Maybe you’re a superhero and you manage to implement every new idea you learn at a conference within a couple weeks.  But that’s just not me.  If you find yourself in the same boat alongside me, here’s a couple things I’d suggest that might help:

  1. Go through your list of new ideas and pick the 4 or 5 things that could help you move the ball the furthest down the field in your current setting.  Yes, you are going to have to eliminate some really good stuff.  But the best leaders know how to say no to ‘good’ so that they can instead focus on what is ‘great’.  And just because those other ideas are being eliminated doesn’t mean they aren’t right, it just means they aren’t for right now.
  2. Take the 4 or 5 selections you kept from your list and organize them into short-term and long-term goals.  You need to identify the one or two things you can implement immediately (short-term)…and then do it.  Share the ideas with your team, cast the vision for how they will enhance your ministry and then move forward.  For the 2-3 ideas that are left over, make them long-term goals.  Set a reasonable implementation date on your calendar for the next 3-6 months or so, create a plan, and work toward fulfilling it.

Filtering your list of ideas in this manner will help you to stay focused and not get overwhelmed or bogged down.  It will also help you to take steps toward accomplishing the things that are most important in your ministry right now.

So what about you?  What are some of the best ministry conferences that you’ve attended?  What are the best 1 or 2 ideas that you’ve recently gleaned and been able to use to enhance your ministry?

RISE Leadership Conference 2017: My Breakout Session Resources

This past weekend I was given the opportunity to speak to a number of KidMin leaders at the RISE Leadership Conference in Tampa, FL.  It was an awesome experience and I was honored to have been asked to lead one of the breakout sessions.Screen Shot 2017-05-03 at 3.06.05 PM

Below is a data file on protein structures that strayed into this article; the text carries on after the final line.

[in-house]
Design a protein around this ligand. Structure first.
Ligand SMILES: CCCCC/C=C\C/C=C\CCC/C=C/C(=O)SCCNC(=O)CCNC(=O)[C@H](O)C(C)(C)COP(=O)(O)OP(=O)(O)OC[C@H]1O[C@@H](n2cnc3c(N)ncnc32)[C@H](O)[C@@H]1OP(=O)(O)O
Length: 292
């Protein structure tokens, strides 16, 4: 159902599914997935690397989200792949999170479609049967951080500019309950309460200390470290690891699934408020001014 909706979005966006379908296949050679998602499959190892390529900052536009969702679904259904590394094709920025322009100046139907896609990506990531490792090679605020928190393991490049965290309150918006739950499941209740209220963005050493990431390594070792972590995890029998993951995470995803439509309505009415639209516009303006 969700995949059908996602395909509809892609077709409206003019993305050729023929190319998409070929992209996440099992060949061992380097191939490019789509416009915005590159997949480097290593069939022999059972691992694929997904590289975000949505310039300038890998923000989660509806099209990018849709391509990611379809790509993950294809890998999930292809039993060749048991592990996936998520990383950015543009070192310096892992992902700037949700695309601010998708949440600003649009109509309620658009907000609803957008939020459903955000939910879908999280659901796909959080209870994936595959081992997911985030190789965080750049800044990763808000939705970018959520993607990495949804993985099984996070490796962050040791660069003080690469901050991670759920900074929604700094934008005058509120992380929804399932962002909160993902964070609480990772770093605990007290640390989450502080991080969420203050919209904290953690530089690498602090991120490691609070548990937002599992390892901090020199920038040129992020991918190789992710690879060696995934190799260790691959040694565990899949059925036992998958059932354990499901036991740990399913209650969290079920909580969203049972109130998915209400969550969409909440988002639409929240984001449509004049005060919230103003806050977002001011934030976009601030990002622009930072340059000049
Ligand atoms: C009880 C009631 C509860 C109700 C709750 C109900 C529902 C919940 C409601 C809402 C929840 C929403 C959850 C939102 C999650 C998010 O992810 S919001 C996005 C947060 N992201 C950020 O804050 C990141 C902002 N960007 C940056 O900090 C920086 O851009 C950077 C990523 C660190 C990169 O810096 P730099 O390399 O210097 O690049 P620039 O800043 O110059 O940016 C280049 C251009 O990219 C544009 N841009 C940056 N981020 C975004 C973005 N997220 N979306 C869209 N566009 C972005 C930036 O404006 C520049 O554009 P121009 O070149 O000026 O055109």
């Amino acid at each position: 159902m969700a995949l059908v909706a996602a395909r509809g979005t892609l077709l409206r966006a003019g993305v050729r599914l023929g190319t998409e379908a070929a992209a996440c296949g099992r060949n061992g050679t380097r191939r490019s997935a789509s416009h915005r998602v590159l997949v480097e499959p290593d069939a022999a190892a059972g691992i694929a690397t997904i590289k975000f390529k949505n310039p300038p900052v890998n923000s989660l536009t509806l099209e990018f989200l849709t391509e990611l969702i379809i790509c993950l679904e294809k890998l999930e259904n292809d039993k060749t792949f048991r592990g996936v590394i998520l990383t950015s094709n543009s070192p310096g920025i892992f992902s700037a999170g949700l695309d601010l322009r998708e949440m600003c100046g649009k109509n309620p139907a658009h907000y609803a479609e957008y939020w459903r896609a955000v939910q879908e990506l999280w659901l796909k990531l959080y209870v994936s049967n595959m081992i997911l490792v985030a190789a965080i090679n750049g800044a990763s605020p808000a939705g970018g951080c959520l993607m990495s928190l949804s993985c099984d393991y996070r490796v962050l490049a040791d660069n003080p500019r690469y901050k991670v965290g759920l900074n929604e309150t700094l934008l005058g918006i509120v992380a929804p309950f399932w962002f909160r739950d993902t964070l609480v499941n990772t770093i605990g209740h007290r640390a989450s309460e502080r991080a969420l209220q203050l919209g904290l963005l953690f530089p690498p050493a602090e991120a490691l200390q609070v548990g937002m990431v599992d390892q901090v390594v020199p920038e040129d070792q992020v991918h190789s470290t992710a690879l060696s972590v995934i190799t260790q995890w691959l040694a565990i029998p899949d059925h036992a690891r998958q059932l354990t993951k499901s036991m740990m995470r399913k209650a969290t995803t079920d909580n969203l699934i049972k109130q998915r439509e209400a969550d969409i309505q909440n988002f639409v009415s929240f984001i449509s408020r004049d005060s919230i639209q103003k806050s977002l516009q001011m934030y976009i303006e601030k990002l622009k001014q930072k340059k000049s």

My session was entitled 5 Steps Toward Excellent Children’s Ministry where I outlined the importance of the following progression toward achieving excellence in KidMin:

  1. Discover Your Purpose
  2. Develop a Plan
  3. Determine Your Practice
  4. Depend on Partnerships
  5. Daily Stay Persistent

If this sounds like something that could benefit you in your ministry, let’s continue the conversation!  I’d love to flesh out these five steps with you and help you begin to apply them in your current setting.  Simply visit my CONTACT page to schedule a FREE consultation with me!

If you’re reading this and you attended my session at the conference, thanks for coming! It was incredible getting to connect with you.  I hope you found the content both helpful and challenging.  Below is a link to download my Keynote presentation slides for future reference should you need/want them.  Please feel free to share them with others you know that may find the information helpful as well.

Click here for my Keynote presentation slides.

Sushi and Sharing the Gospel

maxresdefaultMy family and I recently went to dinner at one of our new favorite sushi restaurants here in the St. Louis area.  While we were waiting on our food to arrive to the table, I observed an interaction between the restaurant host and a man wanting to place a to-go order.  It went something like this:

Host: Welcome to [restaurant name], how can I help you?

Man: I’d like to place an order for carryout, please. (Takes a menu, thumbs through it awkwardly). Young man, I seem to have left my glasses at home and am having trouble finding what I’m looking for.  Could you please help me?

Host: Of course! What exactly were you looking for?

Man: I’m interested in getting some ahi tuna and a spicy shrimp roll, but I can’t seem to find them on the menu.

Host: I’d be happy to help you with that.  (Awkwardly fumbles through the menu for 2-3 minutes as an increasingly perplexed look creeps across his face) I’m sorry, I can’t seem to find those things on our menu, either.

Man:  (Obviously frustrated at this point, mutters something under his breath) Well, thanks anyway. I guess I’ll try some other place. (Walks out of restaurant)

I’ll be honest, I was dumbfounded.  I could not believe that the host let that man walk out of the restaurant.  I also couldn’t believe that the host had no clue what was on the menu at the restaurant, either.  After all, he is the first person you come in contact with upon walking in the door–and he doesn’t know what’s on the menu?

His title said he represented the restaurant. His position said he represented the restaurant.  Even the logo on his shirt said he represented the restaurant.  But his knowledge claimed otherwise.  He had no clue, and he ended up representing the restaurant poorly and, ultimately, failed at his job.